In a refreshing turn of events, the approach to this week’s Prime Ministers Questions shocked its viewership. In his first televised battle against Prime Minister David Cameron, Jeremy Corbyn, the now Labour Party Leader, sought to rid the show of its usual theatrics.
Corbyn openly claimed the shouting match the show had been reduced to over the past years had to end. Attempting to represent the people who voted for him, the Labour leader sent out an E-mail urging the public to ask him questions he could put forward to Cameron. A whopping 40,000 people responded to the E-mail – of those, six questions were asked in yesterdays’ highly viewed debate.
This televised British ritual takes place in the House of Commons, giving the opposition a chance to make sure their key concerns are being addressed by the party in power. Questions can be asked either by the leader of the opposition or MPs of any party. The speaker, John Bercow, then calls any MPs up randomly, who may then pose their questions or raise any concerns for the duration of the program.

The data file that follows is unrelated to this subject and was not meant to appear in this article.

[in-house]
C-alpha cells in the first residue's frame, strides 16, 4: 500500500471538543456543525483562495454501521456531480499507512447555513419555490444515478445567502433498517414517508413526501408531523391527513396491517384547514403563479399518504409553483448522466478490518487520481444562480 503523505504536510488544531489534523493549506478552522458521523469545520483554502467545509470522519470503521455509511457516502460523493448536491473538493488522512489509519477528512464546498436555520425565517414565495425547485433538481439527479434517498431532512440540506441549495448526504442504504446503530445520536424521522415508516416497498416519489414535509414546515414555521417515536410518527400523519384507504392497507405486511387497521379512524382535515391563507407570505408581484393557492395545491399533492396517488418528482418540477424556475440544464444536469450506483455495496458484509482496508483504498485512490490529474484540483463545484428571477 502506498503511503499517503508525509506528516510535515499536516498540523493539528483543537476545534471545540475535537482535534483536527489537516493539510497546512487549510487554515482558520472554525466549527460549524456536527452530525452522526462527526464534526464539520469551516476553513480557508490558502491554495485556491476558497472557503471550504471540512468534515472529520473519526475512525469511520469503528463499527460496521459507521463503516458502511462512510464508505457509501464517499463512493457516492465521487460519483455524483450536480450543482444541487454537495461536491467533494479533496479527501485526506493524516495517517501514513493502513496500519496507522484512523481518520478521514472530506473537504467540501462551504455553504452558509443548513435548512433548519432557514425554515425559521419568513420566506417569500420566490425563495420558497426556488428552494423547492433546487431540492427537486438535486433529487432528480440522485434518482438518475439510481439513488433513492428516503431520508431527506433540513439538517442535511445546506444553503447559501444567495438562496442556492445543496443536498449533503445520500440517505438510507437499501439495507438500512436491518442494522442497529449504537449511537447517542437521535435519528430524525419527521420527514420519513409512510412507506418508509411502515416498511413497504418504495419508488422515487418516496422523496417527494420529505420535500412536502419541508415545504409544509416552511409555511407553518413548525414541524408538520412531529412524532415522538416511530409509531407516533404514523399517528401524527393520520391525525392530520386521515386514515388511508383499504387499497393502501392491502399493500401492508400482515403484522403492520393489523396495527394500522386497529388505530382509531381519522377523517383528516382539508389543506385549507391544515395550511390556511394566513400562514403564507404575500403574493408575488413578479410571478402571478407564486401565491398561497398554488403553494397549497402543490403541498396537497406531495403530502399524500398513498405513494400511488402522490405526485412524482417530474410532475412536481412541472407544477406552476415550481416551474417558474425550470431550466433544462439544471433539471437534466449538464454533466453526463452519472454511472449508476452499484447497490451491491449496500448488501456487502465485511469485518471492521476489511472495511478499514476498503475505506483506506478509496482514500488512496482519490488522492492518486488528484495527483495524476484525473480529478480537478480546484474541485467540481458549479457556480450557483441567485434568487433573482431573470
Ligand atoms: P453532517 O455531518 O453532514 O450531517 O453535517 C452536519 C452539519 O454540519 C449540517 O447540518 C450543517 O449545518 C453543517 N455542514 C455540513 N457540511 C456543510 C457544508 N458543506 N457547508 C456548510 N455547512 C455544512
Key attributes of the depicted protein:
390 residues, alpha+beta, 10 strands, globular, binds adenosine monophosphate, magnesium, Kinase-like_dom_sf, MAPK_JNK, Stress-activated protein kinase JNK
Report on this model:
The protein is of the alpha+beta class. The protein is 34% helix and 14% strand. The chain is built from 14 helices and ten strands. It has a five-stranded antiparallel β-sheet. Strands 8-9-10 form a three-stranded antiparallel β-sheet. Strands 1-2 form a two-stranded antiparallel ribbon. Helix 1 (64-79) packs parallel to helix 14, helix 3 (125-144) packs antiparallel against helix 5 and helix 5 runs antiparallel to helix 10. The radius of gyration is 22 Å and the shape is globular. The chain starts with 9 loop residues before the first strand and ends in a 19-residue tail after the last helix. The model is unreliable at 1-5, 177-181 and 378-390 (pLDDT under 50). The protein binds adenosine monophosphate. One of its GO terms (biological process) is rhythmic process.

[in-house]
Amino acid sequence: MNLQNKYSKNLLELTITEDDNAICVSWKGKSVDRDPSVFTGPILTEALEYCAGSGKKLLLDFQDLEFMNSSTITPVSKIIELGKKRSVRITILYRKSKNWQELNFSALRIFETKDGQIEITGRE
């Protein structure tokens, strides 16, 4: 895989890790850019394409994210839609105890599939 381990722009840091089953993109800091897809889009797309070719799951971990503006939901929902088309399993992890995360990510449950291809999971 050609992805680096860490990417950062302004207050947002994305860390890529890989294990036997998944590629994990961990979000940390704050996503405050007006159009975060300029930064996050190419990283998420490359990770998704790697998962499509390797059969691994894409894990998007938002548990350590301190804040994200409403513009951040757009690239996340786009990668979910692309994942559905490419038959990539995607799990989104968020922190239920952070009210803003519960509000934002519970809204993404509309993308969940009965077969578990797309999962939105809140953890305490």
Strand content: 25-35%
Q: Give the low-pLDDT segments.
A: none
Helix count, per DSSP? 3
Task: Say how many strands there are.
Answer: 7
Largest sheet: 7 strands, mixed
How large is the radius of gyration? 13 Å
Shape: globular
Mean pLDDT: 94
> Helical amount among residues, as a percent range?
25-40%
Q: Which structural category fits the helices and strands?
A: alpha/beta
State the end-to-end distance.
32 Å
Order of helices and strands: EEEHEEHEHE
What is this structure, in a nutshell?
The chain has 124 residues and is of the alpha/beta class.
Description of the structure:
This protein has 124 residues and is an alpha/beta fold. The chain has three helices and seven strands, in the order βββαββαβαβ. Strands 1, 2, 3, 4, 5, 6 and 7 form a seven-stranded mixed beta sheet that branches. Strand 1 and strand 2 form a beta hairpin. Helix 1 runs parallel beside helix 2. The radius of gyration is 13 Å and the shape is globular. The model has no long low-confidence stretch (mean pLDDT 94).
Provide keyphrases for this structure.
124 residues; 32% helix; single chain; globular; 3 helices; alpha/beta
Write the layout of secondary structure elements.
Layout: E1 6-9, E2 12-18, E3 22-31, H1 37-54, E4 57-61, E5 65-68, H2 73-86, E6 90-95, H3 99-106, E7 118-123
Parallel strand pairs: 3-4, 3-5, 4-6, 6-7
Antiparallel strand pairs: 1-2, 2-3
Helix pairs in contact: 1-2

The show, which has often been referred to as a ‘shouting match’ between pretentious and snobby MPs, gained a vast amount of criticism and meant that the British public was no longer tuning in to watch PMQs’, a debate specifically meant to involve the wider public. Over the years, however, this weekly political spectacle began to give way to childish and patronising insults by virtually most MPs merely attempting to ridicule their opposition and letting down their voters.
The Islington North MP however, raised questions on behalf of the British public by introducing a form on the Labour party website [below], allowing any member of the party tosubmit questions they would like to ask the PM such as concerns about housing, cuts to tax credits and mental health.
For the duration of the debate, social media exploded with comments under the Hashtag #PMQs, largely in favour of this more engaging and interesting Prime Ministers’ Questions. The upper hand was certainly held by Corbyn, as he introduced his own way to the frontbenches, ending the shameful weekly spectacle and showing once again how much the British public years for a new style of politics. Prime Ministers Questions has, for the first time, turned into a democratic and adult debate.
By Iara Kaiser